God cranked up the intensity of the discussion by giving us the rise of science overlapping with the Reformation. That challenged Christians to a deeper understanding of intellectual credibility — as part of the Imago Dei, and truth-seeking at the foundation of Biblical faith. But for the most part, Christians (like the Hebrews rejecting the entry into Canaan – Num. 13-14) did not get it, failed God’s test, and rejected both science and the development of due process in government as being “secular”. They were not. They were both given specifically by God for His people.
There are signs that Christians are getting fed up with this nonsense, but we have a loooong way to go. The Road to Emmaus is aimed to provide a clear explanation of the basics of the Biblical worldview and Christian faith which is logically seamless, no contradictions. I have believed that to be possible since my junior year in college, and still believe it to be possible. I believe that the already finished works on this website (see Shopping Mall) provide that logical consistency. Some Christians might have to let go of a favorite doctrine to attain that consistency — as I have on occasion. Let the reader decide.
If we are truth-seekers, we will reject statement contrary to known fact, and reject illogical statement as inadequate and unfinished. We might hang onto the two ends of an apparent contradiction until it can be resolved. That is the intelligent way to handle contradictions — put it on a shelf until the conflict can be resolved. That has happened over and over in my quest for this seamless garment of Christian faith. I recommend it for all truth-seekers.
Below is a list of the central beliefs of the Christian faith in generic terms, as I would state them for a New Reformation. They are “generic” in the sense of being non-denominational — the issues which are central to the Christian faith — but not how the details might be stated. The denominational differences are the details to be worked out in that logically seamless way:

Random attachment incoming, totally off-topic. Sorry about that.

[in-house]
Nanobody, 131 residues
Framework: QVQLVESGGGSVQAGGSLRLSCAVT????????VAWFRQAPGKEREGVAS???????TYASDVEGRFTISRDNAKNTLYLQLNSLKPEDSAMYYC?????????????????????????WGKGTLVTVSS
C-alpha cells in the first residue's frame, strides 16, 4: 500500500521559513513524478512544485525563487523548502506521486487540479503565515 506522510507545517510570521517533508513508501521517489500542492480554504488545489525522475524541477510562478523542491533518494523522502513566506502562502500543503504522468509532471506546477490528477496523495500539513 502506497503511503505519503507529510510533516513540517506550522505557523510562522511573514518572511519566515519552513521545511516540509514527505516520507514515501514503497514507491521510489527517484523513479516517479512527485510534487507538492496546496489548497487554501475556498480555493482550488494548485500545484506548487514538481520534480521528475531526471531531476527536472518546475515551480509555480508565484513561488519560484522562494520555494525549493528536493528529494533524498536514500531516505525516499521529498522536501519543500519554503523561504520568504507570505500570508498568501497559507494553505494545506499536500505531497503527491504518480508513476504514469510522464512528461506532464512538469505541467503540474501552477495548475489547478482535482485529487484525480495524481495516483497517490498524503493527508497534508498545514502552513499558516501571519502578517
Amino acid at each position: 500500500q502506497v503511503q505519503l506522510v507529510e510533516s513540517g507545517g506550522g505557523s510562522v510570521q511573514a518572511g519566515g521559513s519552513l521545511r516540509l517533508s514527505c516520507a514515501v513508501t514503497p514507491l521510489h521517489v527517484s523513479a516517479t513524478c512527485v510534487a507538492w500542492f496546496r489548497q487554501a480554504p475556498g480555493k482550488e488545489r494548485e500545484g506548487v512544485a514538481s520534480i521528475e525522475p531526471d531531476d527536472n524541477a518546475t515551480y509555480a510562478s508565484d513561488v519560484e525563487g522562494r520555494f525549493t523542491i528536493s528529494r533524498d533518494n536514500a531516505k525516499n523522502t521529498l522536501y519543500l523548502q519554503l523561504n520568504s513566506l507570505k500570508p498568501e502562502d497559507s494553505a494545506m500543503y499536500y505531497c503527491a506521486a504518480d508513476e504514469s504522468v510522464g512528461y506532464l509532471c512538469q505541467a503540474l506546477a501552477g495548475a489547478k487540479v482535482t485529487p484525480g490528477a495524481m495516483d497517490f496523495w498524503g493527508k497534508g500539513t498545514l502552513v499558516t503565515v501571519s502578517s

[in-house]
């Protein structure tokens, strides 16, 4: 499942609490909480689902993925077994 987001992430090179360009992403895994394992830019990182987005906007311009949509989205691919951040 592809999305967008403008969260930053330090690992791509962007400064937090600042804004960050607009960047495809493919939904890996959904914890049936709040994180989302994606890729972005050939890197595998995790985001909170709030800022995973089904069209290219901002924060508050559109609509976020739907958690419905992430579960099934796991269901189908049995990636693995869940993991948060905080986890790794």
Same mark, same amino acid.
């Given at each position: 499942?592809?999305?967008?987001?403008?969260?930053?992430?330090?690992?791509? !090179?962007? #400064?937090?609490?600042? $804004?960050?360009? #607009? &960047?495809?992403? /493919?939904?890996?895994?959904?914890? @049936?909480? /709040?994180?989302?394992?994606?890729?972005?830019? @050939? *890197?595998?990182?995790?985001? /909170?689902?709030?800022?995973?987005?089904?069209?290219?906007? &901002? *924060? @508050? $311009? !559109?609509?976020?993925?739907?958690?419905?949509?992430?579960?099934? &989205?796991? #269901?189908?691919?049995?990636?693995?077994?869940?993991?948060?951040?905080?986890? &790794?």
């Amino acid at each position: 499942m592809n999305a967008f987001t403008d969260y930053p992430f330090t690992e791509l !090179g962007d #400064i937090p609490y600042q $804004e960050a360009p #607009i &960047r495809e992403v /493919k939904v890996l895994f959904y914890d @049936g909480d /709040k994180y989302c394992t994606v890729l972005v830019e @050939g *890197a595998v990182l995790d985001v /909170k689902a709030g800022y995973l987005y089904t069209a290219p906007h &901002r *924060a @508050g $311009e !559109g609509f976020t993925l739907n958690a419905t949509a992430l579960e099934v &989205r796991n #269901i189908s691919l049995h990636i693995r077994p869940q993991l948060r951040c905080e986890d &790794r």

(1) Objective truth – the foundation of both reason and revelation. (See Epistemology Library)
Christians rail at those who promote “relative” truth (which is a logical contradiction and is almost always manipulative). But we have often ourselves failed to be true to the goal of logical consistency. If truth is objective rather than relative, then we ought to be able to get at it by the normal means of investigation which we learn as we grow up into adulthood. That is the Biblical position.
We live in a sacramental cosmos, in which the temporal, physical, spatial are all mixed up with the spiritual, metaphysical, and eternal. The words ‘truth’ and ‘true’ together occur about 250 times in the Bible, always with positive meaning. Truth is never denigrated. It is taken for granted that truth-seeking and truth-speaking are expected and required by God (see, for example, 2 Cor. 4:1 ff; or, I Kings 18:17 ff.).